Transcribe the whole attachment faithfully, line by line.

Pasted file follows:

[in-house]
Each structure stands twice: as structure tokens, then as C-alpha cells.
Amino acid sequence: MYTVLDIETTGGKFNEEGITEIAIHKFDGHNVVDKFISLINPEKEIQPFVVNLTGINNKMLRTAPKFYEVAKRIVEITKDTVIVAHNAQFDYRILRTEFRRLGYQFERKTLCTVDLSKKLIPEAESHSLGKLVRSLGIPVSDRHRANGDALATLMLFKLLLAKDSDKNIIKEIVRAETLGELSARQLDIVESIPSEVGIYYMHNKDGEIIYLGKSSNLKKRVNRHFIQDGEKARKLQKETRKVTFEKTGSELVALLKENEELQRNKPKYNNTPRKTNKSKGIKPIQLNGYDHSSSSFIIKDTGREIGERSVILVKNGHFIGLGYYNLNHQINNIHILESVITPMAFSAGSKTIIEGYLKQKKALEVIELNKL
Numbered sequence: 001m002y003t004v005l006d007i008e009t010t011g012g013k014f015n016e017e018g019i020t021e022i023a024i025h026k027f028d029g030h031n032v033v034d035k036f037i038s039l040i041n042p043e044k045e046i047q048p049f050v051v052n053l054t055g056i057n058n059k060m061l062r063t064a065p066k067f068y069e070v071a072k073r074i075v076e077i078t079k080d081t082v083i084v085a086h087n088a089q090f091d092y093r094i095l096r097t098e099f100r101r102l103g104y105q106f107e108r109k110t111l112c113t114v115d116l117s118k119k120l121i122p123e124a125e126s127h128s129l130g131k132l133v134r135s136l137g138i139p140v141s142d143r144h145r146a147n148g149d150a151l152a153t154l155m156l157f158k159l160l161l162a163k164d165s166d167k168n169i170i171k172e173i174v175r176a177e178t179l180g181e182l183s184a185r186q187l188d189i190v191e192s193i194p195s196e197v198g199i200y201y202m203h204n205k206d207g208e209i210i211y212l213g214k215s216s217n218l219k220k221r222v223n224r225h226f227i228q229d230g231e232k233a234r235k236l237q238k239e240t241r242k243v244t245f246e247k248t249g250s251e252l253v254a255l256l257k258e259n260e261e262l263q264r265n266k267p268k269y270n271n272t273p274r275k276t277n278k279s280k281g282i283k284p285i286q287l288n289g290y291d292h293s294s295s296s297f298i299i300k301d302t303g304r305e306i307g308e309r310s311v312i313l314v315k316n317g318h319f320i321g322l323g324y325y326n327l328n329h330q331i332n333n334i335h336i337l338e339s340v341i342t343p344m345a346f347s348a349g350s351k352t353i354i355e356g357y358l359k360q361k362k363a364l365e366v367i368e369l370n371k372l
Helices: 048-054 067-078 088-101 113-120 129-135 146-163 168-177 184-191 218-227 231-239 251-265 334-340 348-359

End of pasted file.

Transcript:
[in-house]
Each structure stands twice: as structure tokens, then as C-alpha cells.
Amino acid sequence: MYTVLDIETTGGKFNEEGITEIAIHKFDGHNVVDKFISLINPEKEIQPFVVNLTGINNKMLRTAPKFYEVAKRIVEITKDTVIVAHNAQFDYRILRTEFRRLGYQFERKTLCTVDLSKKLIPEAESHSLGKLVRSLGIPVSDRHRANGDALATLMLFKLLLAKDSDKNIIKEIVRAETLGELSARQLDIVESIPSEVGIYYMHNKDGEIIYLGKSSNLKKRVNRHFIQDGEKARKLQKETRKVTFEKTGSELVALLKENEELQRNKPKYNNTPRKTNKSKGIKPIQLNGYDHSSSSFIIKDTGREIGERSVILVKNGHFIGLGYYNLNHQINNIHILESVITPMAFSAGSKTIIEGYLKQKKALEVIELNKL
Numbered sequence: 001m002y003t004v005l006d007i008e009t010t011g012g013k014f015n016e017e018g019i020t021e022i023a024i025h026k027f028d029g030h031n032v033v034d035k036f037i038s039l040i041n042p043e044k045e046i047q048p049f050v051v052n053l054t055g056i057n058n059k060m061l062r063t064a065p066k067f068y069e070v071a072k073r074i075v076e077i078t079k080d081t082v083i084v085a086h087n088a089q090f091d092y093r094i095l096r097t098e099f100r101r102l103g104y105q106f107e108r109k110t111l112c113t114v115d116l117s118k119k120l121i122p123e124a125e126s127h128s129l130g131k132l133v134r135s136l137g138i139p140v141s142d143r144h145r146a147n148g149d150a151l152a153t154l155m156l157f158k159l160l161l162a163k164d165s166d167k168n169i170i171k172e173i174v175r176a177e178t179l180g181e182l183s184a185r186q187l188d189i190v191e192s193i194p195s196e197v198g199i200y201y202m203h204n205k206d207g208e209i210i211y212l213g214k215s216s217n218l219k220k221r222v223n224r225h226f227i228q229d230g231e232k233a234r235k236l237q238k239e240t241r242k243v244t245f246e247k248t249g250s251e252l253v254a255l256l257k258e259n260e261e262l263q264r265n266k267p268k269y270n271n272t273p274r275k276t277n278k279s280k281g282i283k284p285i286q287l288n289g290y291d292h293s294s295s296s297f298i299i300k301d302t303g304r305e306i307g308e309r310s311v312i313l314v315k316n317g318h319f320i321g322l323g324y325y326n327l328n329h330q331i332n333n334i335h336i337l338e339s340v341i342t343p344m345a346f347s348a349g350s351k352t353i354i355e356g357y358l359k360q361k362k363a364l365e366v367i368e369l370n371k372l
Helices: 048-054 067-078 088-101 113-120 129-135 146-163 168-177 184-191 218-227 231-239 251-265 334-340 348-359